• Kavanagh v Governors and Guardians of Rotunda Hospital
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    • 18 February 1959
    ...and those in which he survives but can give no account of the accident. Hetherington v. Dublin and Blessington Steam Tramway Co.IR [1927] I. R. 75explained. Cur. adv. vult. Lavery J. :— The judgment I am about to read is the judgment of the Court. This is an appeal by the applicant who was ......
  • McDonnell v Sevitt
    • Ireland
    • Supreme Court
    • 30 March 1938
    ...75. (1) [1933] A. C. 100. (2) 146 L. T. 489. (3) [1926] A. C. 377. (4) [1927] A. C. 59. (5) [1908] S. C. 187. (6) [1917] A. C. 127. (7) [1927] I. R. 75. (1) 70 I. L. T. R. 203, (2) 71 I. L. T. R. 264. (3) [1927] I. R. 75. (4) [1930] I. R. 93. (5) [1912] A. C. 44. (6) [1914] A. C. 62. (7) [1......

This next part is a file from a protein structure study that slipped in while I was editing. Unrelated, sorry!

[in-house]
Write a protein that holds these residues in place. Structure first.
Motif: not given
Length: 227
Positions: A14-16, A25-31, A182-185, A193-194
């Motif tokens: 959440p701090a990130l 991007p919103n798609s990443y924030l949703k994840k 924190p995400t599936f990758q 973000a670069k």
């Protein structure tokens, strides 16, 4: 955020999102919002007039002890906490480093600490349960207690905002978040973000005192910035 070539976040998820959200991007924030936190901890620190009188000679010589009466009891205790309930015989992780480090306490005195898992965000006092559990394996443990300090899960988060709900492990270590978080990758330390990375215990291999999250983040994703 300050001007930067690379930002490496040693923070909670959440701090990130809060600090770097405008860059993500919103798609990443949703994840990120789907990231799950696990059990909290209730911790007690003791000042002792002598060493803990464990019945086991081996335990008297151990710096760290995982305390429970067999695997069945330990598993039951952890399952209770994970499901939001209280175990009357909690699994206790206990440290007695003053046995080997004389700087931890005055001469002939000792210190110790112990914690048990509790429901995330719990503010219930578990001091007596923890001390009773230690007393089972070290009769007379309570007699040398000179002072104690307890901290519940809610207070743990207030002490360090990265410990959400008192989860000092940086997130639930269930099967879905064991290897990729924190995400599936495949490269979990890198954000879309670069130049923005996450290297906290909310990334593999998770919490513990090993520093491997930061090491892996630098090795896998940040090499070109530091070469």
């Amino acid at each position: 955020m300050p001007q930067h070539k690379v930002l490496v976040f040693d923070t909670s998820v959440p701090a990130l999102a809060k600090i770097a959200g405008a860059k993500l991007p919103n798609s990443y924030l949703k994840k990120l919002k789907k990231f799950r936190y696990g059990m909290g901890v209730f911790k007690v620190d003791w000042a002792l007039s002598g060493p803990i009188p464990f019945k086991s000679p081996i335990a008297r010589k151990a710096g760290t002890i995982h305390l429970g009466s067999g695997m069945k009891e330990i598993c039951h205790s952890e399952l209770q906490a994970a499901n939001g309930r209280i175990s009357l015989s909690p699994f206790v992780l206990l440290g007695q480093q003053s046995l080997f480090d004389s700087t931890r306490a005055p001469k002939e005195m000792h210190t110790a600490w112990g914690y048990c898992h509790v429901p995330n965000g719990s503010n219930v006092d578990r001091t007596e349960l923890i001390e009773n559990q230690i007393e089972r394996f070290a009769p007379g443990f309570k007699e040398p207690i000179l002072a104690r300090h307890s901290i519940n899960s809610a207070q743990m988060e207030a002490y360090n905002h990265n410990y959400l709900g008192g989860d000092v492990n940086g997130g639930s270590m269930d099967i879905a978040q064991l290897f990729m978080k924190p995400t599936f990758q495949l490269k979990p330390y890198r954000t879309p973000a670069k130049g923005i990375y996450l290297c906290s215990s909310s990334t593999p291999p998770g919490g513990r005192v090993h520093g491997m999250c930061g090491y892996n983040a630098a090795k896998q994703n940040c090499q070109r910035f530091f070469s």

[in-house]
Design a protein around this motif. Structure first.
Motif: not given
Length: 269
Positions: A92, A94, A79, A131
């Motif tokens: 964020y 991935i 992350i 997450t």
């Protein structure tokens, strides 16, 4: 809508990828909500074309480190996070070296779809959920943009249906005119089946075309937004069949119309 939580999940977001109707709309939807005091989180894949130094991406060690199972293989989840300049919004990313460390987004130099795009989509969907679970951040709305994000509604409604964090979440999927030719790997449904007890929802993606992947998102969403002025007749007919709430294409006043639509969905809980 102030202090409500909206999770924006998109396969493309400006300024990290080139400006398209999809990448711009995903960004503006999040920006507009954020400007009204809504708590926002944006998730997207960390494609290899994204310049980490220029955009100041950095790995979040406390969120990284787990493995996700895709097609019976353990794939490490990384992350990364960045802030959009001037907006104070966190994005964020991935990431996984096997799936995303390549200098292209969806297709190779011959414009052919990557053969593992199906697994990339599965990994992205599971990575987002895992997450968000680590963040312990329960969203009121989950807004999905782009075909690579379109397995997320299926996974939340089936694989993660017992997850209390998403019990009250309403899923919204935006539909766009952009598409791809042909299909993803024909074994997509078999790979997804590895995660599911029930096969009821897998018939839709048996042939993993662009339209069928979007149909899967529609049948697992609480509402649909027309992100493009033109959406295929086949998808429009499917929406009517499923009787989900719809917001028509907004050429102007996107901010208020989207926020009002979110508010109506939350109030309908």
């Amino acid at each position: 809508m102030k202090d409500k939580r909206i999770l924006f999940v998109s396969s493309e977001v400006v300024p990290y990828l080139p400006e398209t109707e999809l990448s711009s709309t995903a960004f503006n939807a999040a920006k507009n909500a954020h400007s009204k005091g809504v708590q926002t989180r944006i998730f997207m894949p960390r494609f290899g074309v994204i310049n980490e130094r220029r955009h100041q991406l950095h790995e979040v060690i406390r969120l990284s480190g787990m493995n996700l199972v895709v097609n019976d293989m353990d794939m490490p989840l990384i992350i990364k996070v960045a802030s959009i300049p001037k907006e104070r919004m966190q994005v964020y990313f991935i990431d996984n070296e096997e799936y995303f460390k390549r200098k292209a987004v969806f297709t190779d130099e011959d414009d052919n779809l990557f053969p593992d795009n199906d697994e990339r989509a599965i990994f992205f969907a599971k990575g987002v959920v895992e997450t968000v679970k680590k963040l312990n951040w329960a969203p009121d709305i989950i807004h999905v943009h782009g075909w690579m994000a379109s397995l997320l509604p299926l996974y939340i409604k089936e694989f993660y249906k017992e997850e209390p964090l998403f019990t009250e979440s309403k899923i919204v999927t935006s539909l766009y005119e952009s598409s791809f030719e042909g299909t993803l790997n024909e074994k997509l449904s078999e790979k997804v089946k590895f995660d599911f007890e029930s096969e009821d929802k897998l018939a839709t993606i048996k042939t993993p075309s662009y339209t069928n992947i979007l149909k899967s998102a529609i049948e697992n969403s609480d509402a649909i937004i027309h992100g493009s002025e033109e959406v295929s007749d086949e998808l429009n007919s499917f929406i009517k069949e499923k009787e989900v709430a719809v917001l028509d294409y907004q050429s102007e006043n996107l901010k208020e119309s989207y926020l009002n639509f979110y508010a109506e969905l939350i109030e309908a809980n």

• Hutchinson v Irish Electrical Construction Company
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    • Supreme Court (Irish Free State)
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    ...C. 329. (1) [1914] A. C. 62. (2) [1917] A. C. 352. (3) [1901) 2 K. B. 48. (4) [1916] 1 A. C. 405, at p. 412. (5) [1918] A. C. 304. (6) [1927] I. R. 75. (7) [1921] 1 A. C. (8) 8 B. W. C. C. 466, at pp. 469, 473. (9) 9 B. W. C. C. 436, at p. 439. (10) [1927] A. C. 59. (11) [1929] A. C. 570. (......